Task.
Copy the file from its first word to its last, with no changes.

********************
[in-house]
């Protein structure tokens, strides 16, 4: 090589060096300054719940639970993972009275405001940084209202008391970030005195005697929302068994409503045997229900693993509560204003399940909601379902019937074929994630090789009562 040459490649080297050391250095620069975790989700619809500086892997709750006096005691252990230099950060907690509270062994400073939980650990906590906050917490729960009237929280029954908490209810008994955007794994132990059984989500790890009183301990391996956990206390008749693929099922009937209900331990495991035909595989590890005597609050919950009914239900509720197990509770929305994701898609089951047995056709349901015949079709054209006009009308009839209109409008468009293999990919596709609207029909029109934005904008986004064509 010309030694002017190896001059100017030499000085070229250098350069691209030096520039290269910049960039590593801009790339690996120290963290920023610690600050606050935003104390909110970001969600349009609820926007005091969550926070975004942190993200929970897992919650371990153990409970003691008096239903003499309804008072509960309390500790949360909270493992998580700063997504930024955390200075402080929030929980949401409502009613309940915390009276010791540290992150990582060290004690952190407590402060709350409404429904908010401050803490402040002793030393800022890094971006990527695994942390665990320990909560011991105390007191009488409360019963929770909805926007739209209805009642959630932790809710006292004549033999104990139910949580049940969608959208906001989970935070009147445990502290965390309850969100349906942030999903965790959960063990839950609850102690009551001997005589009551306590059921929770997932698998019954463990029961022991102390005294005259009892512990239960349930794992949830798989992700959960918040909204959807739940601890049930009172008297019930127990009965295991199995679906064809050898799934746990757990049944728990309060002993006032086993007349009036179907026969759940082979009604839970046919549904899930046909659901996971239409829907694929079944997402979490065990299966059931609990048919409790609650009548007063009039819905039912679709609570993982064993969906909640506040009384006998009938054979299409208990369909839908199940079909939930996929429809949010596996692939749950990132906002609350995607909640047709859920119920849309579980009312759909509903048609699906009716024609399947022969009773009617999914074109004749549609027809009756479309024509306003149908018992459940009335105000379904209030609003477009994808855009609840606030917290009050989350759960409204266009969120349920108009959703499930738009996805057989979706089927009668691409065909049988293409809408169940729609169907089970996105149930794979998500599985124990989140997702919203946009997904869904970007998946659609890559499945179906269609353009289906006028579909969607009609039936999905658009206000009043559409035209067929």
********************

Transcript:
[in-house]
């Protein structure tokens, strides 16, 4: 090589060096300054719940639970993972009275405001940084209202008391970030005195005697929302068994409503045997229900693993509560204003399940909601379902019937074929994630090789009562 040459490649080297050391250095620069975790989700619809500086892997709750006096005691252990230099950060907690509270062994400073939980650990906590906050917490729960009237929280029954908490209810008994955007794994132990059984989500790890009183301990391996956990206390008749693929099922009937209900331990495991035909595989590890005597609050919950009914239900509720197990509770929305994701898609089951047995056709349901015949079709054209006009009308009839209109409008468009293999990919596709609207029909029109934005904008986004064509 010309030694002017190896001059100017030499000085070229250098350069691209030096520039290269910049960039590593801009790339690996120290963290920023610690600050606050935003104390909110970001969600349009609820926007005091969550926070975004942190993200929970897992919650371990153990409970003691008096239903003499309804008072509960309390500790949360909270493992998580700063997504930024955390200075402080929030929980949401409502009613309940915390009276010791540290992150990582060290004690952190407590402060709350409404429904908010401050803490402040002793030393800022890094971006990527695994942390665990320990909560011991105390007191009488409360019963929770909805926007739209209805009642959630932790809710006292004549033999104990139910949580049940969608959208906001989970935070009147445990502290965390309850969100349906942030999903965790959960063990839950609850102690009551001997005589009551306590059921929770997932698998019954463990029961022991102390005294005259009892512990239960349930794992949830798989992700959960918040909204959807739940601890049930009172008297019930127990009965295991199995679906064809050898799934746990757990049944728990309060002993006032086993007349009036179907026969759940082979009604839970046919549904899930046909659901996971239409829907694929079944997402979490065990299966059931609990048919409790609650009548007063009039819905039912679709609570993982064993969906909640506040009384006998009938054979299409208990369909839908199940079909939930996929429809949010596996692939749950990132906002609350995607909640047709859920119920849309579980009312759909509903048609699906009716024609399947022969009773009617999914074109004749549609027809009756479309024509306003149908018992459940009335105000379904209030609003477009994808855009609840606030917290009050989350759960409204266009969120349920108009959703499930738009996805057989979706089927009668691409065909049988293409809408169940729609169907089970996105149930794979998500599985124990989140997702919203946009997904869904970007998946659609890559499945179906269609353009289906006028579909969607009609039936999905658009206000009043559409035209067929």